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THOUSANDS of homeless people given emergency shelter during the Covid-19 pandemic could be kicked out onto the streets by the end of the month, the homeless charity Crisis warned today.
Crisis understands that most contracts between local authorities and hotels are due to end as government funding allocated to housing rough sleepers during the pandemic runs out.
If ministers fail to provide alternative accommodation, more than 14,500 people housed under the “Everybody in” scheme risk being driven back onto the streets.
But despite the impending end date just a few weeks away, Crisis says it has had “no indication at all” from the government that it will extend the scheme.
The charity’s director of policy Matt Downie said: “We will take one of two paths here: one is that 15,000 people are permanently helped out of homelessness through the amazing Everyone In scheme, or we will see a massive increase in rough sleeping in this country just at the point when we thought it would be possible to avoid that.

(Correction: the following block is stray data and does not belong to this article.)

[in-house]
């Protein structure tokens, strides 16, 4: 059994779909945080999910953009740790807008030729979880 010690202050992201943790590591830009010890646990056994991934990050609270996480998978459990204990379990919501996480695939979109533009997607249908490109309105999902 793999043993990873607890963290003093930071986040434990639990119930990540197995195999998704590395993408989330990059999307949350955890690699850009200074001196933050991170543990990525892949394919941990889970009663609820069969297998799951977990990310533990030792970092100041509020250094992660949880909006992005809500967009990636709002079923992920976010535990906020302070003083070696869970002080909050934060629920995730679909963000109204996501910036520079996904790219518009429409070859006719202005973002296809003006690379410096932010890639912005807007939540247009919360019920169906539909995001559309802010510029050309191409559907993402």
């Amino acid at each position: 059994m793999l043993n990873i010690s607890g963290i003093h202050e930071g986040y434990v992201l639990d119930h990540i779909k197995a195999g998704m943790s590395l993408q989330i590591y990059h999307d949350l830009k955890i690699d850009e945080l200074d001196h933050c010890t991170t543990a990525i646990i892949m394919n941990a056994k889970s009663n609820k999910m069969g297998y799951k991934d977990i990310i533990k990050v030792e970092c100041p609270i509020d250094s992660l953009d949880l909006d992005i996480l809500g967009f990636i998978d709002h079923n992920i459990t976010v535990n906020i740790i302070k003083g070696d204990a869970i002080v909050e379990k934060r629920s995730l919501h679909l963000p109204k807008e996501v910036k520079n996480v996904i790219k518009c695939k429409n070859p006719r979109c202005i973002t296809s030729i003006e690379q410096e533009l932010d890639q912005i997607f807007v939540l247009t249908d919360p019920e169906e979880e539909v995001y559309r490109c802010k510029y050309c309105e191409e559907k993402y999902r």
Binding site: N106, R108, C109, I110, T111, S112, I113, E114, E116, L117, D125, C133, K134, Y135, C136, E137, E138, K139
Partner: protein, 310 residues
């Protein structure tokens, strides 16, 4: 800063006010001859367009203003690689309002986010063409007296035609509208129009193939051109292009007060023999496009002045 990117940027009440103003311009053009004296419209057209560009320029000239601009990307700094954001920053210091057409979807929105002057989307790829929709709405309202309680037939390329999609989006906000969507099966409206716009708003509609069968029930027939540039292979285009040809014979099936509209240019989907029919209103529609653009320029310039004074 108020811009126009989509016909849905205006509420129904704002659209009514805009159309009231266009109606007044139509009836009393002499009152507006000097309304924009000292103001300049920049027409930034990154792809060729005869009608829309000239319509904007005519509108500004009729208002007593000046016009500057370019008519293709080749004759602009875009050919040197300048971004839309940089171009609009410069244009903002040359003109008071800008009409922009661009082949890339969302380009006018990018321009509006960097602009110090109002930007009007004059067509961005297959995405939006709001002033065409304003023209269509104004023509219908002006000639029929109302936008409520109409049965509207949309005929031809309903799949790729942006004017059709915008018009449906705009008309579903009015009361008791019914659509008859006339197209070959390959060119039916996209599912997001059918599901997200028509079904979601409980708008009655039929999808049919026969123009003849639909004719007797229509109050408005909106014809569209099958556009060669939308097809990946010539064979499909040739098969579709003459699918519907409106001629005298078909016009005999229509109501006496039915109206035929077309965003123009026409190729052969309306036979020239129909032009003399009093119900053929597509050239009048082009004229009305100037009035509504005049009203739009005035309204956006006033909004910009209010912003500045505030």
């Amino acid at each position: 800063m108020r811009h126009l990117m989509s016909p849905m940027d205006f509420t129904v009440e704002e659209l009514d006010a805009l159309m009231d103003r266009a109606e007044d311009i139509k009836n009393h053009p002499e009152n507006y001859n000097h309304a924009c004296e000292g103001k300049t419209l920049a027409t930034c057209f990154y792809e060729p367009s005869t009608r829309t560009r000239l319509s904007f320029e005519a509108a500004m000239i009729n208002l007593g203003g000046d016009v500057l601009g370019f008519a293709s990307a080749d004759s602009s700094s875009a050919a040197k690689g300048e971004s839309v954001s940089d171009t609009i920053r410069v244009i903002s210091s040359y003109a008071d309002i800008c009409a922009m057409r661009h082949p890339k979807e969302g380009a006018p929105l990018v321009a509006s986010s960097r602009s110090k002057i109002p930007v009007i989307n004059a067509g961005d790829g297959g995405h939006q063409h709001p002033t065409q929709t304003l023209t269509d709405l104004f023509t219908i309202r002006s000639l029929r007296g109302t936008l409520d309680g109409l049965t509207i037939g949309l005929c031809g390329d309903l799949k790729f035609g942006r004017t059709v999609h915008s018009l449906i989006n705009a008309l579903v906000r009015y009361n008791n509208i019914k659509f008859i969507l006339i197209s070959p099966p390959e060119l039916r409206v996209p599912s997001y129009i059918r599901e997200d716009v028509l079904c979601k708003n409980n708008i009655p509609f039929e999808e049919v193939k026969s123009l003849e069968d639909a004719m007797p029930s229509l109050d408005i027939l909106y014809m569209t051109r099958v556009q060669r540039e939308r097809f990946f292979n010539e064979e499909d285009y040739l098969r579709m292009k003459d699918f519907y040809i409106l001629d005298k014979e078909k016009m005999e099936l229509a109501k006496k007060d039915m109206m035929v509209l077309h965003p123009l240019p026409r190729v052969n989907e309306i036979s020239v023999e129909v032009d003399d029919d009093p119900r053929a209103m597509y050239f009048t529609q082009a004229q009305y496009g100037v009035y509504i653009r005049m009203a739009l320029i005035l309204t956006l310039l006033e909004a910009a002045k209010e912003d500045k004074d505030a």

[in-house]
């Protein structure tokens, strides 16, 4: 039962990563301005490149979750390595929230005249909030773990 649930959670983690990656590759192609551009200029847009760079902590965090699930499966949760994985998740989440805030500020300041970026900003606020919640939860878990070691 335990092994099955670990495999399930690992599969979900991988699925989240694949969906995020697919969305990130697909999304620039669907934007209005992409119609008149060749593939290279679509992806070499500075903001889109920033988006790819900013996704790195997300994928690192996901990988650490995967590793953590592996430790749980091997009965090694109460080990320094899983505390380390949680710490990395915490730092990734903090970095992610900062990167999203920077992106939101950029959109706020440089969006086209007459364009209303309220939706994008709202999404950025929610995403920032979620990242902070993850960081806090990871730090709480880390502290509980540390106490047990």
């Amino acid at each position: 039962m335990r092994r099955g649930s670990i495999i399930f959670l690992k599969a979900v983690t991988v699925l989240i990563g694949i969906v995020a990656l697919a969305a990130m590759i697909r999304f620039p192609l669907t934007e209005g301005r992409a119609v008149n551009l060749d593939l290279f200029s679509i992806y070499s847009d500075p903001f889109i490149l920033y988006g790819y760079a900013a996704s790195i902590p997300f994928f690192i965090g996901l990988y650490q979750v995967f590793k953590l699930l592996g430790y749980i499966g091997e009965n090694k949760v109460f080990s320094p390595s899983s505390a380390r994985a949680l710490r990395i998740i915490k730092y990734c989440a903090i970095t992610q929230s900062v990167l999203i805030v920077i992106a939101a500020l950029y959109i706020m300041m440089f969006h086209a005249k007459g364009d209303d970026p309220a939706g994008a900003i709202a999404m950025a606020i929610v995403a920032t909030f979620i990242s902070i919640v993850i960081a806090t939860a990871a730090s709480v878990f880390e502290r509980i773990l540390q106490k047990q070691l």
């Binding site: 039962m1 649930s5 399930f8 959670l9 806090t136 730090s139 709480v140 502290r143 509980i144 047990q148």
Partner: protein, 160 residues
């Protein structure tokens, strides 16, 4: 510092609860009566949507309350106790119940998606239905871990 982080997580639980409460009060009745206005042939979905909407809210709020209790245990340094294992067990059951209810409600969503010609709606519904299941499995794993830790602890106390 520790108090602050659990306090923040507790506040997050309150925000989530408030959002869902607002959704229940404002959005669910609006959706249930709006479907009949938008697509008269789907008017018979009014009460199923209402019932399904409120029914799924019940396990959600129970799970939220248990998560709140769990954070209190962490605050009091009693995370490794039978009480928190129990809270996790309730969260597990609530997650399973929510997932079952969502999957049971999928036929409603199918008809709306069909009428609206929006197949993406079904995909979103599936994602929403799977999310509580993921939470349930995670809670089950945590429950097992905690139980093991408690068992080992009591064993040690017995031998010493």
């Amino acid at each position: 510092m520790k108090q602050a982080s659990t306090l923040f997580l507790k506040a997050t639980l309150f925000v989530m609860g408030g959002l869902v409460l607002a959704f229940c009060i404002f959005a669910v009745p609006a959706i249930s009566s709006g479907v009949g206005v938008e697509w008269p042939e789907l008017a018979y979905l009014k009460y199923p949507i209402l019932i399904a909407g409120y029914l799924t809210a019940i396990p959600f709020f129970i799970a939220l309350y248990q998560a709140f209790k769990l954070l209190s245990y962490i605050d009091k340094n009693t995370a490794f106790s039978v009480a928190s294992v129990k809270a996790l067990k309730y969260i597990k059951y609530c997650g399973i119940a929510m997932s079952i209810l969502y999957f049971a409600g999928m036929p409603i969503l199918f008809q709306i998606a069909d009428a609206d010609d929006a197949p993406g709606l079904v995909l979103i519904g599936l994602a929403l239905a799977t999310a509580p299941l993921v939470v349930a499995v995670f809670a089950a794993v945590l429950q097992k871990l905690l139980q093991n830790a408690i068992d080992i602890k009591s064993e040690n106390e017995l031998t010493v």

“It's within the government's control to make decisions so that doesn't happen, for example to either continue hotel schemes or to give alternative arrangements to local authorities and individuals.”
The charity wants to see the government table an emergency homelessness bill forcing councils in England to provide accommodation for a year to anyone made homeless during the pandemic.
In March, housing minister Luke Hall announced an initial £3.2 million to local councils followed by £3.2 billion over the next few months, though this sum was expected to cover a variety of other costs including social care.
However, local authorities have raised concerns that funds are running out and that the funding was already insufficient and left them to top it up from depleted budgets.
A government spokesperson said that suggestions it was rowing back on its commitment to the scheme were “untrue.”
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